"Revelations," a new NBC mini-series, was launched last week to much fanfare. The jury is out about the ratings for the first episode but the themes developed were entirely predictable; e.g., sacred vs. secular, believer against skeptic, and good vs. evil (Satan).
Seeking to capture the interest in religion demonstrated by the success of the "Left Behind" books, and the woefully misleading novel The Da Vinci Code, NBC is gambling that religion is so hot that this series will draw viewers and sell advertising. Time will tell. Chicago Tribune critic Sid Smith noted that "were timing everything ‘Revelations’ would ascend right to the top, its biblical lore in modern dress arriving when God and moral values are pre-eminent." The target audience for the series is clearly conservative Christians. The producers tell us that the name of Christ comes up three times, suggesting that if they say the name of Jesus often enough we should really like it. Having seen part of the first episode I fear that many Christians of my generation will actaully like this stuff since the number of socioreligious hot buttons passionately pushed is considerable. What is offered is, in the end, a mish-mash of silly and incredulous script with no real redemptive value at all. Personally, I see nothing positive in this kind of material, and a whole lot that one could properly call objectionable.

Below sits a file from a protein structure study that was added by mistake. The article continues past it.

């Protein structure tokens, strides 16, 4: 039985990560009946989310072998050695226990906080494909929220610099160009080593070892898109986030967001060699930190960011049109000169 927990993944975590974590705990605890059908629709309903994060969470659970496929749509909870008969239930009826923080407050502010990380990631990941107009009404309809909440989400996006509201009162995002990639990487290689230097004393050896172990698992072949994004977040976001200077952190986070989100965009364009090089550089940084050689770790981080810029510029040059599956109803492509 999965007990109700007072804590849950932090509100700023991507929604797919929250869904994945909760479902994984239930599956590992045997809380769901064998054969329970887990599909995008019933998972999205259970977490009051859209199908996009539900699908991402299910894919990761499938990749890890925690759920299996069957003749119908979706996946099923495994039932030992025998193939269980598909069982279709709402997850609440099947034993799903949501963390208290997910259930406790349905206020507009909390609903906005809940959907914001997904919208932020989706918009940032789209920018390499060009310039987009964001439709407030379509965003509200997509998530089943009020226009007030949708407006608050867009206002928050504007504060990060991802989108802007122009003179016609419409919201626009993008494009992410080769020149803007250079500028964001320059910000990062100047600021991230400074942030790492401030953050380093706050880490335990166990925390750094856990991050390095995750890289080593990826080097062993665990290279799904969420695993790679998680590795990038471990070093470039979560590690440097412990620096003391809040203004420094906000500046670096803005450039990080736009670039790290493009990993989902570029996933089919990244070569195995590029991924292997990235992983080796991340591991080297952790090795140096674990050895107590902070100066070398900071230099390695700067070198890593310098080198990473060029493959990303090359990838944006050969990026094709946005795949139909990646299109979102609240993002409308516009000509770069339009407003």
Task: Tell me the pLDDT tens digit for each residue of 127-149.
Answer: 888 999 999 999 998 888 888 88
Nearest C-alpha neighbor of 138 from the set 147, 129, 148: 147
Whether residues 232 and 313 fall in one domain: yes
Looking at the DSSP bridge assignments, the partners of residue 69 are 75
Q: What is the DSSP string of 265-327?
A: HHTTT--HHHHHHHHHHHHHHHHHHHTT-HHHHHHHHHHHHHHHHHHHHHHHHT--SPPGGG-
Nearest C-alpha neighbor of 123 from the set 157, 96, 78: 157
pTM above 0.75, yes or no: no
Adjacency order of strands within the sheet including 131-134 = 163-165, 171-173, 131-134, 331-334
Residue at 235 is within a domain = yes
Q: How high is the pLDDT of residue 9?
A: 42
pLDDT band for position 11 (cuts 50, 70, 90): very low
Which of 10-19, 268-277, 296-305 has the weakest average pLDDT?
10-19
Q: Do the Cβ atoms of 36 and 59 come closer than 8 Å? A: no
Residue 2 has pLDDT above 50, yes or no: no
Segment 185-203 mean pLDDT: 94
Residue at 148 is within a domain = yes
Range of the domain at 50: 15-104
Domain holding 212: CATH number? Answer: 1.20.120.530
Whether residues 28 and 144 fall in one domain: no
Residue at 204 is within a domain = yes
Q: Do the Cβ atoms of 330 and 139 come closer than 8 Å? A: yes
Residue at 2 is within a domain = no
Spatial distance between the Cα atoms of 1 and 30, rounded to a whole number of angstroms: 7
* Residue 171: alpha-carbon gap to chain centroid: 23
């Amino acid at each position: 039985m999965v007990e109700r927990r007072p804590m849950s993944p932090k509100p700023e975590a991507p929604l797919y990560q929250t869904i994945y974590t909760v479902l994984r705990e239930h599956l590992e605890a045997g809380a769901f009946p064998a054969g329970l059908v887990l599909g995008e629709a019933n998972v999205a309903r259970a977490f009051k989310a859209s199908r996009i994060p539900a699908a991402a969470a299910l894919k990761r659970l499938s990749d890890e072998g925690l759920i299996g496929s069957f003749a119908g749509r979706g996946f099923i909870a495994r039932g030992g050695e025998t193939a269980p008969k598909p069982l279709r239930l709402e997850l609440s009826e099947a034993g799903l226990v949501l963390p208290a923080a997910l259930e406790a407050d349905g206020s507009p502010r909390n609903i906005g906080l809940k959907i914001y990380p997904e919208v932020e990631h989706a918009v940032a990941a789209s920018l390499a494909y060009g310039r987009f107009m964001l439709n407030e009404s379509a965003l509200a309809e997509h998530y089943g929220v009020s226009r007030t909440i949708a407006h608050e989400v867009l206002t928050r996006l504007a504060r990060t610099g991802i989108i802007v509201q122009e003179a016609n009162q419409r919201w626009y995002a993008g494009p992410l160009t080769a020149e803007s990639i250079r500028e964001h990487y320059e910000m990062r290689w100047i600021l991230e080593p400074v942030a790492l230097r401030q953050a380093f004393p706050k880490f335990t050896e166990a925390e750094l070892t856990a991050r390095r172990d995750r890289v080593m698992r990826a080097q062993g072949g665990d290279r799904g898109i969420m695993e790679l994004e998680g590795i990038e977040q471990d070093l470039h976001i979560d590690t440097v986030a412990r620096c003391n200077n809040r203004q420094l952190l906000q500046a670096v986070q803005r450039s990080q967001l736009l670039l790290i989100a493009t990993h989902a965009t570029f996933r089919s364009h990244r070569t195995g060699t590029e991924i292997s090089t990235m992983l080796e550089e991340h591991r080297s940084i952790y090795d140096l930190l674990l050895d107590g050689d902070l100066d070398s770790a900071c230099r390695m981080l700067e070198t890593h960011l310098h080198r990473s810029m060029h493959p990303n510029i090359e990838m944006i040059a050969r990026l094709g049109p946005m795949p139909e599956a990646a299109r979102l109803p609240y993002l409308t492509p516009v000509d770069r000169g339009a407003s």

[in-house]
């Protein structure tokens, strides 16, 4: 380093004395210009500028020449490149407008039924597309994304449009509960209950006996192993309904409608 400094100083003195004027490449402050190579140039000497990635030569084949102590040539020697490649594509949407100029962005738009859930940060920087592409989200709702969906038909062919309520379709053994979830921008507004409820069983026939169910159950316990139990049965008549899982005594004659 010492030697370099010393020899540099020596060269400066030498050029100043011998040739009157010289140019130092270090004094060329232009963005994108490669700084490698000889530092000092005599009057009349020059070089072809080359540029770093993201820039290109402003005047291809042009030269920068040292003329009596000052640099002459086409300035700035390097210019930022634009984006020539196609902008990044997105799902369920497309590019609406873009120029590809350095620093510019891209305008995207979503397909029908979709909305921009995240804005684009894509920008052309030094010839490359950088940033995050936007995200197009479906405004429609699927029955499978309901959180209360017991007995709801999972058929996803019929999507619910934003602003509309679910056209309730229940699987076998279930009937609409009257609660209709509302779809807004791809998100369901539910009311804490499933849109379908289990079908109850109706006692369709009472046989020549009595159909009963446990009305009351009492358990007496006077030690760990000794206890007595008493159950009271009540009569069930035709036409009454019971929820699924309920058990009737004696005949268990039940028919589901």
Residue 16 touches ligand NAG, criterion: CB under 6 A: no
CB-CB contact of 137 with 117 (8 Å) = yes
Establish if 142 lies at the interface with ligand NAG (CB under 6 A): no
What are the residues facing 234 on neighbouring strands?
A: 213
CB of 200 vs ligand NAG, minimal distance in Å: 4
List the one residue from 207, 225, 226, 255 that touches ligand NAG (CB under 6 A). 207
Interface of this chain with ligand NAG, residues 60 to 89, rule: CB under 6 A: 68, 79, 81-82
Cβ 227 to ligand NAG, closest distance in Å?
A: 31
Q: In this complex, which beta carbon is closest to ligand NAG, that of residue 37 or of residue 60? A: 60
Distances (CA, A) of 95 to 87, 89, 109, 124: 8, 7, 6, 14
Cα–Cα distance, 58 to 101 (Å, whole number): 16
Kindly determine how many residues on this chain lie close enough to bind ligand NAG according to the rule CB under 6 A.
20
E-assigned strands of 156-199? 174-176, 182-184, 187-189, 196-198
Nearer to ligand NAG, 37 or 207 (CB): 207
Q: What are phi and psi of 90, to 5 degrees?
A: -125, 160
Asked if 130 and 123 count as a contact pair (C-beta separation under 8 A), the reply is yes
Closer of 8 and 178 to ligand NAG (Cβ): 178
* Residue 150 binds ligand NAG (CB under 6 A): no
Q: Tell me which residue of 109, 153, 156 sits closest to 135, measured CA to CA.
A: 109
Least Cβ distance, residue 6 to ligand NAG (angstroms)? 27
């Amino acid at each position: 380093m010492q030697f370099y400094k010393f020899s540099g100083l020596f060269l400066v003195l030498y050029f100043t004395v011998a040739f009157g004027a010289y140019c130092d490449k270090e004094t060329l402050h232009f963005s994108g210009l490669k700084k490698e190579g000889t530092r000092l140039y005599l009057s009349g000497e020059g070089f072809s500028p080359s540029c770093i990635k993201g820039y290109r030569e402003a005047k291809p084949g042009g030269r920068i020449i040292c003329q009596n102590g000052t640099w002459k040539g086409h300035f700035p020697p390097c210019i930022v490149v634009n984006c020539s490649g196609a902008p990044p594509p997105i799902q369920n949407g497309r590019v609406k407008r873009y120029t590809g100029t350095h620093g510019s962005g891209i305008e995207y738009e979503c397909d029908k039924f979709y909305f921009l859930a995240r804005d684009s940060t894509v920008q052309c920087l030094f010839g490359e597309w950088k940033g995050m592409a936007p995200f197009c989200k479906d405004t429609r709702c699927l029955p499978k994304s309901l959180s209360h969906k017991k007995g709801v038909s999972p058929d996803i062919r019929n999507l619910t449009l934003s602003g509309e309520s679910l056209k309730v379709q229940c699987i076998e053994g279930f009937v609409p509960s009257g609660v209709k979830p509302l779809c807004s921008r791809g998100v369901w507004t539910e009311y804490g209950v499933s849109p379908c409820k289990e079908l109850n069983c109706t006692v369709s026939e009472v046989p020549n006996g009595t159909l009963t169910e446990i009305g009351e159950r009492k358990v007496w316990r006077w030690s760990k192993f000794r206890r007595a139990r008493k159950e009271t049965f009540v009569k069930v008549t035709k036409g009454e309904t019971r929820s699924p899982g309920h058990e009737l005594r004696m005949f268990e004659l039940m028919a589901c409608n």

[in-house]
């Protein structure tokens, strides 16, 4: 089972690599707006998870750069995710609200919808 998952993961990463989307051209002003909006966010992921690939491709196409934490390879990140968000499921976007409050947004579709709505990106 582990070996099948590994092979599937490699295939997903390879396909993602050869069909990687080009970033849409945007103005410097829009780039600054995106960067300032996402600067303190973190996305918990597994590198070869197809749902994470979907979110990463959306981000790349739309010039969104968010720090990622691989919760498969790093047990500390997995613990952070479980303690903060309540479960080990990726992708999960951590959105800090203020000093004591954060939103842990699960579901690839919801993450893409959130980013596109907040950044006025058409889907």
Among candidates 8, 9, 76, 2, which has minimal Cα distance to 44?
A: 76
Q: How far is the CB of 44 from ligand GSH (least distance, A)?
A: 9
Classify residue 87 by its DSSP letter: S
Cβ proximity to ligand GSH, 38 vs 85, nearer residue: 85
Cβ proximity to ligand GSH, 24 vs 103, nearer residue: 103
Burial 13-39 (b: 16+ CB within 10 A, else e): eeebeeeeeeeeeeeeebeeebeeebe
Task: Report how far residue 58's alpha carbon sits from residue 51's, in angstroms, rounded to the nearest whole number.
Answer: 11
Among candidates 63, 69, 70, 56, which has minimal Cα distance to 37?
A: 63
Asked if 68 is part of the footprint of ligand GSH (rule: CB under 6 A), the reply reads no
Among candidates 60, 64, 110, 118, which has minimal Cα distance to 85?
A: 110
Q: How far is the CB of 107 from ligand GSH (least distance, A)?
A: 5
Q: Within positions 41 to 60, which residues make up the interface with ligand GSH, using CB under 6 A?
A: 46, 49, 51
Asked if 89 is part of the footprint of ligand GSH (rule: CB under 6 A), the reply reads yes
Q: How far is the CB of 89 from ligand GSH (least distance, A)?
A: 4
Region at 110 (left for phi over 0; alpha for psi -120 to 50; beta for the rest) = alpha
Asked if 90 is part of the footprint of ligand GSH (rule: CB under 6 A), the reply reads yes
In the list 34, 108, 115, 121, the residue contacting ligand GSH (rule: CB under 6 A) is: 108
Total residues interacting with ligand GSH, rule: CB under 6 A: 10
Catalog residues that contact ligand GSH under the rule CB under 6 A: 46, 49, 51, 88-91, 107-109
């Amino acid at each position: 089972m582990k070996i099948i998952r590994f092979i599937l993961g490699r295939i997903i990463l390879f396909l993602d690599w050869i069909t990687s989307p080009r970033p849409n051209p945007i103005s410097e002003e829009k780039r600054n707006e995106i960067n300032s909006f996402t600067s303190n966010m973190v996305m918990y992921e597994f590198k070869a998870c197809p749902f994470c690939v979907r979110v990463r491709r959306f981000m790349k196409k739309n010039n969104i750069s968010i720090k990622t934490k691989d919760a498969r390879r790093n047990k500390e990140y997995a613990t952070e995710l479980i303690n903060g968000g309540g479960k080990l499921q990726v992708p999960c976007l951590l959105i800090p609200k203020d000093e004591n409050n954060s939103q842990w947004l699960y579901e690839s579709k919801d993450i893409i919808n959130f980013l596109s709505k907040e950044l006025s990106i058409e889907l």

The increased interest of the wider media in evangelical beliefs about the end times is not something that I think will offer the remotest benefit to the cause of Christ’s "upside down" (John Kraybill) kingdom. I have watched this interest in the pop-prophetic grow for over five decades. The end results have brought about no increase in spiritual vitality or renewal in the church. One can wish that programs like this might actually prompt a newer and younger generation of thoughtful Christians to realize just how tacky this sensationalistic pulp fiction really is. One can at least hope!